Organic Puppy Food

Organic puppy food can be a confusing or misleading term because the use of the word "organic" is often mischaracterized when describing the quality of the food you are serving to your pet. Describing the food as organic doesn't always mean that all of the ingredients are as advertised and unfortunately, there is no federal governing agency that regulates the designation of the term like there are for human food sources, such as the FDA or USDA. However, there are some organizations that set organic standards and guidelines that pet owners can follow to make sure that a pet food company's claims of organic ingredients on the label are indeed truthful. When choosing a pet food, the benefits of an organic diet versus a commercial diet are important to consider.

Organic vs. Commercial Food

Most pet owners understand the importance of an organic pet food over a commercial brand because of the basic differences that one has over another. Mass-produced pet foods can contain some elements that could be considered unhealthy for your pet, such as antibiotics, herbicides, pesticides, which can be difficult for your puppy to rid from the body and if these build up, they could lead to a toxic situation for your dog.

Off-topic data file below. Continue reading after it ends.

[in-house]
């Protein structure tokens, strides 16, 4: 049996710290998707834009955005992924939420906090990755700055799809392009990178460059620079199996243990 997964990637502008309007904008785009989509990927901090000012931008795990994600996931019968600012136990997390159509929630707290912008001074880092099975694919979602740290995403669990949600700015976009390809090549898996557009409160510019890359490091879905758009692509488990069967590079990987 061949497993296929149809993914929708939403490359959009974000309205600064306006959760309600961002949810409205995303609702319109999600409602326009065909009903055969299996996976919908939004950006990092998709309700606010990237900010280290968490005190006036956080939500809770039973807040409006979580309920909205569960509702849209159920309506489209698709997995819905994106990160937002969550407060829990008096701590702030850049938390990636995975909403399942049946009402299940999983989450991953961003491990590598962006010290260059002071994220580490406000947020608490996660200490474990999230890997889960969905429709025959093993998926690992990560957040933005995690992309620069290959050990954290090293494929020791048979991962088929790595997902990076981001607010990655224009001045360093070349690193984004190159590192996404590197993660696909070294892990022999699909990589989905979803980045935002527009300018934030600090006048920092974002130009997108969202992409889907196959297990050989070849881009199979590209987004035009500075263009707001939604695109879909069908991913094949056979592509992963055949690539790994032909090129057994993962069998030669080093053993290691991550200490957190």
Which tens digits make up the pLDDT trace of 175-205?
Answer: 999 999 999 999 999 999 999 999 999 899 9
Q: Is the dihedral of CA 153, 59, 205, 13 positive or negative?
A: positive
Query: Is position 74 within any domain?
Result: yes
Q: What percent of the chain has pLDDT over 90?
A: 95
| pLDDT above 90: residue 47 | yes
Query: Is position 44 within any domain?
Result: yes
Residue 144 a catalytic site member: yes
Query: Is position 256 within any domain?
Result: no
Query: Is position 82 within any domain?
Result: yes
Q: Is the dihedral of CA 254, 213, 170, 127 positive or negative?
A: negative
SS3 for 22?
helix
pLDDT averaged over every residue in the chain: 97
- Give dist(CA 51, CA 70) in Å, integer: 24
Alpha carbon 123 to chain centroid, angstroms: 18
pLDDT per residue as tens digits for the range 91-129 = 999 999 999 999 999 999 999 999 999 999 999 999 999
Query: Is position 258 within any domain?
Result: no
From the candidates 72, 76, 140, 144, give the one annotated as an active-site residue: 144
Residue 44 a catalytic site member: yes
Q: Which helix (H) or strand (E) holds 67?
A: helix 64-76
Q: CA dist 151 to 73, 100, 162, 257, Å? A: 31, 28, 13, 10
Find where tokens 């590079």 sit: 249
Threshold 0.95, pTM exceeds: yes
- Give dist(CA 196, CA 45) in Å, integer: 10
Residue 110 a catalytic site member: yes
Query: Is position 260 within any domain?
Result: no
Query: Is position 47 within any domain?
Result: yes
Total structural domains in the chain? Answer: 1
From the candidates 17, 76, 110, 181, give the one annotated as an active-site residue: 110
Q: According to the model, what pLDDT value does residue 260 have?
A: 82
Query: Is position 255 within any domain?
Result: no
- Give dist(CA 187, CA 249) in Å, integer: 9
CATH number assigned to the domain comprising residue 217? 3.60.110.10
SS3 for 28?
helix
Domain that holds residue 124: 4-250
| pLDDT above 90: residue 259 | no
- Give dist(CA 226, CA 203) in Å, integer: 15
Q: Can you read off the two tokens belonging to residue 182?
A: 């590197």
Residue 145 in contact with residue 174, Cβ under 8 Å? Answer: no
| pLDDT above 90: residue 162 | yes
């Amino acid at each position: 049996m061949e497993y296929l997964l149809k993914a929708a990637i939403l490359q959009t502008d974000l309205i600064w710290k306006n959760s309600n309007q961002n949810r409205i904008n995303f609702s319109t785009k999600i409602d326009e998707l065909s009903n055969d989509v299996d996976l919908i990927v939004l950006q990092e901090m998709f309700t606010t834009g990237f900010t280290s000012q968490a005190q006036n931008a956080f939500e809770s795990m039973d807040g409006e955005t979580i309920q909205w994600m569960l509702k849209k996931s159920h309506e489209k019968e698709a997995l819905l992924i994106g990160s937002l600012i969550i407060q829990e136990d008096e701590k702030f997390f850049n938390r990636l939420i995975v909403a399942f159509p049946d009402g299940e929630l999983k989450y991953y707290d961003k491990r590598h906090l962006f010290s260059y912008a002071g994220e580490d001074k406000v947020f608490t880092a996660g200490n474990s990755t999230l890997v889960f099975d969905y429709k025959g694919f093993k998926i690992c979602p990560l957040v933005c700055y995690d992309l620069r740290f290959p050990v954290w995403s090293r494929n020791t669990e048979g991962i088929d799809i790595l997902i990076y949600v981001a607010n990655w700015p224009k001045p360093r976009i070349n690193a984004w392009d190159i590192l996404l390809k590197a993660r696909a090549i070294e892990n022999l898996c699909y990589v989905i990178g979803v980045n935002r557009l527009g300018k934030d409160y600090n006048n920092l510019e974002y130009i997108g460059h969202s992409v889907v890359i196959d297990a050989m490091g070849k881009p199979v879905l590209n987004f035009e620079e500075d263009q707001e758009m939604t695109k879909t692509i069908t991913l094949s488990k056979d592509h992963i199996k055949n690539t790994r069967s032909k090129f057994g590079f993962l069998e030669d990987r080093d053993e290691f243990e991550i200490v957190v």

Animal by-products like fecal waste, blood and feathers are also found in food that is not organic. Meat and bone meal is a cheap by-product meal used to fill out the food by weight. These can be very unhealthy for young puppies to digest and many of the proteins in these meals can be harmful for puppies.

The quality of the meat and grain isn't as high-grade in commercial foods as it is in organic foods. The commercial brands can use meats and grains lower in nutritional value than in an organic food, and there are often fillers and chemical preservatives added which can lead to a list of illness in puppies. Allergic reactions, diarrhea, liver damage, metabolic stress, hair loss and excessive thirst are just some of the harmful effects additives can have on your puppy.

Guidelines to Tell if Your Food Is Organic

The guidelines offered by agencies such as the Oregon Tilth Certified Organic Program and the Center for Veterinary Medicine, along with the USDA give pet owners some basis by which to determine if a pet food company's organic claims are true. Consumers should read the labels on their pet food very carefully to determine the organic qualities of the contents. Check for five or more of the following designations in order to confirm that the food you are serving your pet is truly organic:

  • The main ingredient in the food is at the top of the label
  • A full and complete list of 100% nutritious ingredients
  • Contain no artificial colors, preservatives or additives
  • Ingredients are free of pesticides, antibiotics or other chemicals
  • An absence of all fillers, such as sugars or corn syrups

Some food companies will sometimes use the term "natural" to make it appear as if their food is organic. This can also be misleading because while all organic food is natural, natural food may not always be organic so reading the label carefully will insure a healthy diet for your puppy.